By David Skolnick
After a decade of serving as Mahoning County Democratic Party chairman, the often opinionated and blunt David Betras will step down from the position May 15.
Betras said he’s leaving the job because “this week, after months of reflection, I concluded that I will not be able to devote the time, effort and energy required to ensure that our party’s nominees for federal, state and local office will prevail in what will be the most important election in my lifetime.”
Betras said he’s resigning to devote more time to his family and his law practice.
With one of his sons, Joseph, in the Army, Betras said it would be “disrespectful” for him to continue to “publicly chastise” President Donald Trump, the commander in chief, while his son serves.
“I cannot in good conscience be the aggressive, highly-partisan advocate the [party] chair should and must be,” he said. “I want to be clear, Joseph has never and would never, ask me to moderate my negative comments about the president.”
But it hasn’t stopped Betras before while his son serves.
When he was re-elected chairman May 31, 2018, Betras called Trump “the first pathological liar ever elected to the presidency occupies the Oval Office. The contrast between [Trump and Barack Obama] and the two eras could not be starker. Instead of hope, Trump traffics in fear. Instead of bringing us together, his divisive, racist rhetoric is tearing us apart.”
Also, Betras’ youngest son, Alexander, begins college in the fall. Betras said he wants the ability to visit his children whenever he wants. He said for the past decade, his family has “tolerated the constant travel, long hours, late-night phone calls, tension and aggravation that comes with being chair. I was often absent from their lives over the past decade. I am excited about the prospect of spending more time with them in the years ahead.”
Betras added that it’s “become increasingly difficult for me to focus on my duties as managing partner” of his law firm while serving the party.
Despite a few high-profile losses with Betras as chairman, Mahoning’s elected officials – including all but one county executive branch position – are predominantly Democratic.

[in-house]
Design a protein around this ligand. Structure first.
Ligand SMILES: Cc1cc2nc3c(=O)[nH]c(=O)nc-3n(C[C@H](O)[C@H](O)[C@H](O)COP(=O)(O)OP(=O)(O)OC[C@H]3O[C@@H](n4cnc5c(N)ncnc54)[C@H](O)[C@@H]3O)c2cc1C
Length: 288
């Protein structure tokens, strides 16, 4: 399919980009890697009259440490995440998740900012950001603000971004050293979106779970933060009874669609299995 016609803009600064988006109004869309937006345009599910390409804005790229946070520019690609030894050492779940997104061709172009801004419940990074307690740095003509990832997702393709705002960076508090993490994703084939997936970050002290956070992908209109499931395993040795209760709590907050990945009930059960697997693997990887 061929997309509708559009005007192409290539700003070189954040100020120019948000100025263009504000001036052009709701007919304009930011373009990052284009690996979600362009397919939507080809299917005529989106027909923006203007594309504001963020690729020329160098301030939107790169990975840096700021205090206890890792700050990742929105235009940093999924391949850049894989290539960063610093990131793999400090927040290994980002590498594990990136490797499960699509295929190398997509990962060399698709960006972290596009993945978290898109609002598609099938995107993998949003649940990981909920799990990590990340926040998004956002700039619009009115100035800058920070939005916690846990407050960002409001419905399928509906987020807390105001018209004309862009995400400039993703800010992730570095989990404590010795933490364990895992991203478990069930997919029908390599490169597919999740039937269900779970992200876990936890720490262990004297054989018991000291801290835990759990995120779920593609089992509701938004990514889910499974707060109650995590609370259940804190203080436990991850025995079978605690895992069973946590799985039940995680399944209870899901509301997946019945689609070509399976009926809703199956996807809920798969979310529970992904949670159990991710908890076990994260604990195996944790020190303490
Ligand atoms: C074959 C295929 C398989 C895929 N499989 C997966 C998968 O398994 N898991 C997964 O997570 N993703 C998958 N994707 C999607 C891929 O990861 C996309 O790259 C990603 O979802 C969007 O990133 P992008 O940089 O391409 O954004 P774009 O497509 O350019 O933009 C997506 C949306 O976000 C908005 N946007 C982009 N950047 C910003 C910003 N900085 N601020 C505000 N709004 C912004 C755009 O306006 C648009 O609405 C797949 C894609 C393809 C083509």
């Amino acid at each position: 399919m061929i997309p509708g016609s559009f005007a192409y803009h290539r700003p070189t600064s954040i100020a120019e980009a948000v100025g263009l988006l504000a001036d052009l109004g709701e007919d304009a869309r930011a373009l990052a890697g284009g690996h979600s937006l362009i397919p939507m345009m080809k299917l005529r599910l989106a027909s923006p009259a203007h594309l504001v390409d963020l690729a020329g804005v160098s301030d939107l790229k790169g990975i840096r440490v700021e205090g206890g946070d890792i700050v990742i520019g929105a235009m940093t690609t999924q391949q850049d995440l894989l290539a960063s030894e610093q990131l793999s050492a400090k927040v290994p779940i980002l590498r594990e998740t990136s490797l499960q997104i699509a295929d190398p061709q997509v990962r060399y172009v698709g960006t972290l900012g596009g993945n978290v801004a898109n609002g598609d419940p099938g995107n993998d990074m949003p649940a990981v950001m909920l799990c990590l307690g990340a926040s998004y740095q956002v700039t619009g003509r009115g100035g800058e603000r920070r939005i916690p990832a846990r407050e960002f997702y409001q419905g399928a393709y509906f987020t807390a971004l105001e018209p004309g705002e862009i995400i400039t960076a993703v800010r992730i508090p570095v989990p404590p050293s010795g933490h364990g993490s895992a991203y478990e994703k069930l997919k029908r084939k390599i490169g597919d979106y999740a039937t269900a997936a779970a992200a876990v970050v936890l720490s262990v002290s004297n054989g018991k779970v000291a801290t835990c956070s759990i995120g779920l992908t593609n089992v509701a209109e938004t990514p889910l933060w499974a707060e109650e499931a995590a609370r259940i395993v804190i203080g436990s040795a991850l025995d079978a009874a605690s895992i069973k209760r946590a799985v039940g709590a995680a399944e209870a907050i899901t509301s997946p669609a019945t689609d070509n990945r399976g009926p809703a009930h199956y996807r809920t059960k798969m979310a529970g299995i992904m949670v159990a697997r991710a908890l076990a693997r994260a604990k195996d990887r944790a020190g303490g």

Betras had planned for Christopher Anderson, the party’s political director, to succeed him as chairman. But Anderson has a newborn and doesn’t want to seek the chairmanship now, Betras said.
Betras said he wants to resign at this point to give his successor enough time to become familiar with the job for the 2020 election.
He plans to remain on the county board of elections of which he is vice chairman.
Betras was first elected party chairman April 27, 2009, filling an unexpired term. He was re-elected to full four-year terms in June 2010, June 2014 and May 31, 2018. The person who succeeds him would serve until May or June of 2022.
Betras became well-known for being outspoken and occasionally outrageous. He’s often been quoted in national publications and websites.
In January, two months after another Republican sweep of statewide executive races, Betras called for the removal of Ohio Democratic Party Chairman David Pepper and the entire party leadership. A couple of months later, he said there’s “no good reason on this Earth that Mike DeWine is the governor other than sheer political malfeasance and negligence of the leaders of the Ohio Democratic Party.”
Betras’ announcement comes only a few months after Mark Mun-roe resigned as county Republican Party chairman after nine years on the job. He was succeeded by Thomas McCabe, deputy director for the board of elections and then the party’s vice chairman.
One of Betras’ first moves as chairman was to bring back endorsements in the primary, which increased the influence of the party but also brought backlash from some. At first, the endorsements were successful, but became controversial in 2012 when the party backed Jay Macejko over longtime county Prosecutor Paul J. Gains, who won a close primary. It blew up in 2017 when all the endorsed candidates in Youngstown, who are white, lost to their primary challengers, who are all black. Betras wanted to eliminate endorsements after that, but chose not to saying several incumbent officeholders wanted to keep them.
In June 2011, Betras was awarded the Ohio Democratic Party’s highest award, the Democrat of the Year. He was honored by the state party in 2010 as the large county chairman of the year.